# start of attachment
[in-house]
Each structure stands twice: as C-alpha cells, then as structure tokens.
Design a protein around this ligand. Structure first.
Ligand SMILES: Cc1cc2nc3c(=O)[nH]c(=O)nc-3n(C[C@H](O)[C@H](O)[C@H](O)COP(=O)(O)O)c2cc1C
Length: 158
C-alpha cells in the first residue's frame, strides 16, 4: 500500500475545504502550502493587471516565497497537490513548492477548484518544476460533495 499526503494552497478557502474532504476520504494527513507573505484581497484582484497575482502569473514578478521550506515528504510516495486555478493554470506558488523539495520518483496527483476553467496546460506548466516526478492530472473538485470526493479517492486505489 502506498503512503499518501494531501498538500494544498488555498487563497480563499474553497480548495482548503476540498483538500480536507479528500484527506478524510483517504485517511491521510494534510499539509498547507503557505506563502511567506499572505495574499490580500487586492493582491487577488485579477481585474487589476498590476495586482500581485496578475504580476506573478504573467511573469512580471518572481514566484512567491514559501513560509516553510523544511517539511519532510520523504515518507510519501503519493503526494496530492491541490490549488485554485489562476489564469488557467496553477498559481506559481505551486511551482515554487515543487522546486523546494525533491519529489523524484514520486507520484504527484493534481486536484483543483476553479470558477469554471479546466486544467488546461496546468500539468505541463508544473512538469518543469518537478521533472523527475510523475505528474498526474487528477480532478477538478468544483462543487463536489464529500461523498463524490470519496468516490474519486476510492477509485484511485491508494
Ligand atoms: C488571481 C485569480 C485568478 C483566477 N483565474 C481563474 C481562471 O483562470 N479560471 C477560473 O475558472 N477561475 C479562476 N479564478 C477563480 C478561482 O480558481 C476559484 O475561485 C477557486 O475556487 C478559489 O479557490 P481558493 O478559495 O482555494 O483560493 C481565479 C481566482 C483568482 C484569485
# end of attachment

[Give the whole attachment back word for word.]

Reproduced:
[in-house]
Each structure stands twice: as C-alpha cells, then as structure tokens.
Design a protein around this ligand. Structure first.
Ligand SMILES: Cc1cc2nc3c(=O)[nH]c(=O)nc-3n(C[C@H](O)[C@H](O)[C@H](O)COP(=O)(O)O)c2cc1C
Length: 158
C-alpha cells in the first residue's frame, strides 16, 4: 500500500475545504502550502493587471516565497497537490513548492477548484518544476460533495 499526503494552497478557502474532504476520504494527513507573505484581497484582484497575482502569473514578478521550506515528504510516495486555478493554470506558488523539495520518483496527483476553467496546460506548466516526478492530472473538485470526493479517492486505489 502506498503512503499518501494531501498538500494544498488555498487563497480563499474553497480548495482548503476540498483538500480536507479528500484527506478524510483517504485517511491521510494534510499539509498547507503557505506563502511567506499572505495574499490580500487586492493582491487577488485579477481585474487589476498590476495586482500581485496578475504580476506573478504573467511573469512580471518572481514566484512567491514559501513560509516553510523544511517539511519532510520523504515518507510519501503519493503526494496530492491541490490549488485554485489562476489564469488557467496553477498559481506559481505551486511551482515554487515543487522546486523546494525533491519529489523524484514520486507520484504527484493534481486536484483543483476553479470558477469554471479546466486544467488546461496546468500539468505541463508544473512538469518543469518537478521533472523527475510523475505528474498526474487528477480532478477538478468544483462543487463536489464529500461523498463524490470519496468516490474519486476510492477509485484511485491508494
Ligand atoms: C488571481 C485569480 C485568478 C483566477 N483565474 C481563474 C481562471 O483562470 N479560471 C477560473 O475558472 N477561475 C479562476 N479564478 C477563480 C478561482 O480558481 C476559484 O475561485 C477557486 O475556487 C478559489 O479557490 P481558493 O478559495 O482555494 O483560493 C481565479 C481566482 C483568482 C484569485